- Disorganized symptoms: Patterns of thinking and speech which show confusion or are disordered. The person faces problems with thinking logically and exhibits behavior and movements that are bizarre.
Another functional area which is directly affected by schizophrenia is cognition. This eventually leads to disrupted focus and reduced attention span. It also affects the ability to concentrate and retain which gradually reduces educational performance.
Schizophrenia symptoms generally start appearing during early adulthood. Symptoms must persist for the duration of at least six months in order to make a proper diagnosis.
The initial symptoms generally show in men during their late teens or during early 20s. While in women, the early signs are exhibited in 20s or early 30s. Initially, more subtle signs are likely to be present like relationship problems, poor academic performance and decreased motivation.
However, a psychiatrist undergoes a thorough medical examination and differential diagnosis in order to make a proper diagnosis.
When to See a Doctor?
Like we discussed earlier, a person with schizophrenia lack awareness that the problems they are facing are mostly due to a mental condition which requires seeking help from a mental health professional.
So, the family members and friends of the person are considered responsible to help him/her getting the medical attention he/she needs.
Moreover, a person diagnosed with this condition can go to different support groups that help them control various signs and symptoms.
The actual cause of schizophrenia is still not known. But, it is evident from most of the researches that a combination of the following factors contributes towards the development of the condition:
- Brain chemistry
- Certain environmental factors
The imbalance of certain neurotransmitters like dopamine and glutamate may be a contributing cause to schizophrenia. Various neuroimaging techniques reveal that there exists a difference in the brain structure of people having schizophrenia. Some researches also support that schizophrenia is a brain disease.
A few factors that can act as triggers or are considered as risk factors include:
- Having a family history
- Certain side effect and complications during pregnancy and birth like, poor nutritional intake or exposure to certain viruses and toxins that may have a direct effect on the development of brain
- Intake of certain psychoactive or psychotropic drugs during teenage can also have a mind-altering effect
Schizophrenia is a chronic mental condition. There’s no denying about the importance of early diagnosis and intervention. The earlier the diagnosis, the easier would it be to manage the disorder.
The diagnosis can only be made by a mental health practitioner like a psychiatrist or a psychologist. There are two basic criteria on the basis of which a proper diagnosis can be made:
- Using the clinical criteria as per Diagnostic and Statistical Manual of Mental Disorders, Fifth Edition (DSM-5)
- A combination of history, signs and symptoms
The earlier the diagnosis is being made, the more manageable the condition would be.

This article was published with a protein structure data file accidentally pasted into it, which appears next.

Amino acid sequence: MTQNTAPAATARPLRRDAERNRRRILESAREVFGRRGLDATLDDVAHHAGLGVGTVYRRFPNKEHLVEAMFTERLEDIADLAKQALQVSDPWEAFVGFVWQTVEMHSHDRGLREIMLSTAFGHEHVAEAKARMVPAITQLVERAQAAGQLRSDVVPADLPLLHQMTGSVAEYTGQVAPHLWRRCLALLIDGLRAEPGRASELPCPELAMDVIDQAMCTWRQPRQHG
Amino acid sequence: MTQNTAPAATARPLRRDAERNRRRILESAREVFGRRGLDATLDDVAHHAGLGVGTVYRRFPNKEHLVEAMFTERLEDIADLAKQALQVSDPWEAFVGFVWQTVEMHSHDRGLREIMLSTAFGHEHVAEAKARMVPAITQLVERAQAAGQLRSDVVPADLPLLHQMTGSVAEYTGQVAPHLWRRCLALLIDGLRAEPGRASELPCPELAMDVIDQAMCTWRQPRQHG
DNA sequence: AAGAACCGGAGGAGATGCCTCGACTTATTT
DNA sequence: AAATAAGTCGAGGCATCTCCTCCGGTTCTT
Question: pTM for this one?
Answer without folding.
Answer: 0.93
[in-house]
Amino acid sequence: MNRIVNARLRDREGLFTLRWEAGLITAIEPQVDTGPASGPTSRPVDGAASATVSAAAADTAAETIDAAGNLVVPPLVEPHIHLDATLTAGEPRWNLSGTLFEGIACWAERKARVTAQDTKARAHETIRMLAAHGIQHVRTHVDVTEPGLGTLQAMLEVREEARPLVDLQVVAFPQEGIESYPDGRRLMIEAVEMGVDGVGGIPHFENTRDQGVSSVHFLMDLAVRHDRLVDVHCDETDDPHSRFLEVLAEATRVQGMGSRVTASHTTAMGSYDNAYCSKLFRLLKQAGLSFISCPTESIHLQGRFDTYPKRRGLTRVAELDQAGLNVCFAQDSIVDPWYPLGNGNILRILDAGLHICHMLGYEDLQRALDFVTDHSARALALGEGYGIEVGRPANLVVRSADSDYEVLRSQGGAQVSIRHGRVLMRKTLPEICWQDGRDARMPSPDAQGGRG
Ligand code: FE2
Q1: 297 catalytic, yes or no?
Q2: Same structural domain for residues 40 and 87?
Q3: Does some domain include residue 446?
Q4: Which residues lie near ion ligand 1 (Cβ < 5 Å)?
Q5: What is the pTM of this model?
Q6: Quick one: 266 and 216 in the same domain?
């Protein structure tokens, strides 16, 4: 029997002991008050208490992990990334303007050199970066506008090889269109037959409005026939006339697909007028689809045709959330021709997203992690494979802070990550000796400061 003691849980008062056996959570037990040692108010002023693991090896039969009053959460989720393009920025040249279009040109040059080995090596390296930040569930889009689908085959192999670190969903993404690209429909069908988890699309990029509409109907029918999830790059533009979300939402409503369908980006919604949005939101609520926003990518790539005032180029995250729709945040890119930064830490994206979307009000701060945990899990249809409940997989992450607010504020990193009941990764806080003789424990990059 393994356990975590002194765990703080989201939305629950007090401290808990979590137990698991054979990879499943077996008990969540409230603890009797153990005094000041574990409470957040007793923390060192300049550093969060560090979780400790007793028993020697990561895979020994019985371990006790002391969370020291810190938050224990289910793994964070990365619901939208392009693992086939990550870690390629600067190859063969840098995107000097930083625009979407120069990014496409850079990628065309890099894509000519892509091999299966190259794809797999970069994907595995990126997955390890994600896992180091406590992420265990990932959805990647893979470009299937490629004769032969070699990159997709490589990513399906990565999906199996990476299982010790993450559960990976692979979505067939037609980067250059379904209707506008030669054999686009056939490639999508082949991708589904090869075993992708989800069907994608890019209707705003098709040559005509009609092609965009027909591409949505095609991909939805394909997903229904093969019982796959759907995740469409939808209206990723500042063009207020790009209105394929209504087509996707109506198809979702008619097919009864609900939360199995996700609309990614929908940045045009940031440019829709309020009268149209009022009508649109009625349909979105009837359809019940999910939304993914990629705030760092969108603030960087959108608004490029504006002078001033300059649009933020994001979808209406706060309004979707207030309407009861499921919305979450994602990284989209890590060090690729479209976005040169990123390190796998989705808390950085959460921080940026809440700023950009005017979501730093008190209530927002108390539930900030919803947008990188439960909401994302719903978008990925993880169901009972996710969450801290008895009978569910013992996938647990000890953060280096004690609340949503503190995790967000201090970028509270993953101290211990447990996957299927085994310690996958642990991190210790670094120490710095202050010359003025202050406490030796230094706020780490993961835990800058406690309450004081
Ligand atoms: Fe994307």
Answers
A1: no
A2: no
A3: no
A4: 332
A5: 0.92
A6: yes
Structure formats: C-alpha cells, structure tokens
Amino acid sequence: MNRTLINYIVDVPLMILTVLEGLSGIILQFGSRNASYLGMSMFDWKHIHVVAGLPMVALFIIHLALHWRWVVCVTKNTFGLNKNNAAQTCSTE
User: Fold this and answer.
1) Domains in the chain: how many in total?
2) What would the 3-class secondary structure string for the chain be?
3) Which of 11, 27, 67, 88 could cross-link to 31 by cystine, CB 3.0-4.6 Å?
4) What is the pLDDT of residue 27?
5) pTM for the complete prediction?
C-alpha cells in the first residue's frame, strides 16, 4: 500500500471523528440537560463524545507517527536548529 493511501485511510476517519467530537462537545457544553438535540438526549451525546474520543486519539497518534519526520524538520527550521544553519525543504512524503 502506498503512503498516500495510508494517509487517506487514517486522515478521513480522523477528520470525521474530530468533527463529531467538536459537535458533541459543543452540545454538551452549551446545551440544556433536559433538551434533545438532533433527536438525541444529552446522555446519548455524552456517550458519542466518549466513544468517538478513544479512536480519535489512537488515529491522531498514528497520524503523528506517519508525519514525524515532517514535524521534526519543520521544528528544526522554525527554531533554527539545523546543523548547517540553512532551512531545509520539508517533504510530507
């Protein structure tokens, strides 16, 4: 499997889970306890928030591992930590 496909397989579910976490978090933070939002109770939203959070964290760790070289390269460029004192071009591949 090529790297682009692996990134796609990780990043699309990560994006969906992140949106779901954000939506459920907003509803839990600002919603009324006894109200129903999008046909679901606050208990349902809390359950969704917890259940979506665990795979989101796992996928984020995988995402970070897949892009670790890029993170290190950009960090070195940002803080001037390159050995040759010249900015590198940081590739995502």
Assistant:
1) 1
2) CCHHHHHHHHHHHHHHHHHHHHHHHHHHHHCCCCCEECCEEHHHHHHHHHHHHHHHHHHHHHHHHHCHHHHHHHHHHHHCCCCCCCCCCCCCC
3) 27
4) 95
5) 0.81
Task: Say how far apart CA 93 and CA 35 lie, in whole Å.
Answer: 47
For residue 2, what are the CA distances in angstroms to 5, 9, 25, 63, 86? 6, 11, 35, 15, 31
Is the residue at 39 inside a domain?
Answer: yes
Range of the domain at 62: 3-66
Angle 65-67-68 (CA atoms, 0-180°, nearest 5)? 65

According to the DSM-5, both of the following must be present in order to make a diagnosis:
- ≥2 characteristic symptoms including hallucinations, delusions, disorganized speech, negative symptoms or disorganized behavior must be present for a significant part of the period of at least 6-months (at least one out of the first three symptoms must be present)
- Attenuated or prodromal signs of illness must be present and co-exist with the impairment in the functional, social or self-care routine.
We don’t have a definite test for schizophrenia yet. Diagnosis is generally being made after detailed analysis and assessment of history, signs and symptoms. Information from people having close relation with the patient like friends, family, teachers and coworkers is also very important.
Different laboratory tests and neuroimaging is used to rule out other mental disorders and substance use disorders while making a diagnosis for schizophrenia.
In some cases, the patients with schizophrenia have abnormalities in brain structure that are present on imaging but these structural abnormalities are insufficiently specific in order to have a diagnostic value.
Other mental conditions which are likely to show similar symptoms as that of schizophrenia include:
- Delusional disorder
- Bipolar Disorder
- Schizophreniform disorder
- Schizoaffective disorder
- Brief psychotic disorder
- Schizotypal personality disorder
There exists a strong similarity between schizophrenia symptoms and symptoms of these brain conditions. A psychiatrist must consider having a differential diagnosis before reaching a final conclusion.
The disorders having symptoms similar to schizophrenia including substance-related psychosis and delirium are considered to be the important causes of secondary psychosis. These need to be excluded before reaching towards the final diagnosis of schizophrenia or other related spectrum conditions.
Other psychopathological dimensions like cognition or negative symptoms, as well as the quality of functional and social life, all need to be analyzed before starting a treatment.